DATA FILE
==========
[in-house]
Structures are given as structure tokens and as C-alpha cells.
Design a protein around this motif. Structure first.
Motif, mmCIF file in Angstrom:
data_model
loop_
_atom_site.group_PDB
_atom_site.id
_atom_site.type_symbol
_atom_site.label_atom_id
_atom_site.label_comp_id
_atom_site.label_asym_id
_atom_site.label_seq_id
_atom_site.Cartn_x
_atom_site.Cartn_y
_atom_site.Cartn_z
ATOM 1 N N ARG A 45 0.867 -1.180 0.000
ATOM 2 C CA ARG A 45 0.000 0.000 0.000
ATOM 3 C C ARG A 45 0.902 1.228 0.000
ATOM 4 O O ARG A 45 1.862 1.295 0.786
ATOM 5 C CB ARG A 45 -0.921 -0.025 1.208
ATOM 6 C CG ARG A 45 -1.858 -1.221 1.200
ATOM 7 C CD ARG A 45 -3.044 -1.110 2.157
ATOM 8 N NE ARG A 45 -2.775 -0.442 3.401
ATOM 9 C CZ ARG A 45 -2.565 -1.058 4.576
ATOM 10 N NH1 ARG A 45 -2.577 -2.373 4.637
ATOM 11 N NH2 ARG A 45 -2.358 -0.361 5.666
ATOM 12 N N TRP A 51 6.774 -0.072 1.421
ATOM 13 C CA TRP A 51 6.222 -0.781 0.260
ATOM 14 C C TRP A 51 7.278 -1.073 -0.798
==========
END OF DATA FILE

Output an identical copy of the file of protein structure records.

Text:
[in-house]
Structures are given as structure tokens and as C-alpha cells.
Design a protein around this motif. Structure first.
Motif, mmCIF file in Angstrom:
data_model
loop_
_atom_site.group_PDB
_atom_site.id
_atom_site.type_symbol
_atom_site.label_atom_id
_atom_site.label_comp_id
_atom_site.label_asym_id
_atom_site.label_seq_id
_atom_site.Cartn_x
_atom_site.Cartn_y
_atom_site.Cartn_z
ATOM 1 N N ARG A 45 0.867 -1.180 0.000
ATOM 2 C CA ARG A 45 0.000 0.000 0.000
ATOM 3 C C ARG A 45 0.902 1.228 0.000
ATOM 4 O O ARG A 45 1.862 1.295 0.786
ATOM 5 C CB ARG A 45 -0.921 -0.025 1.208
ATOM 6 C CG ARG A 45 -1.858 -1.221 1.200
ATOM 7 C CD ARG A 45 -3.044 -1.110 2.157
ATOM 8 N NE ARG A 45 -2.775 -0.442 3.401
ATOM 9 C CZ ARG A 45 -2.565 -1.058 4.576
ATOM 10 N NH1 ARG A 45 -2.577 -2.373 4.637
ATOM 11 N NH2 ARG A 45 -2.358 -0.361 5.666
ATOM 12 N N TRP A 51 6.774 -0.072 1.421
ATOM 13 C CA TRP A 51 6.222 -0.781 0.260
ATOM 14 C C TRP A 51 7.278 -1.073 -0.798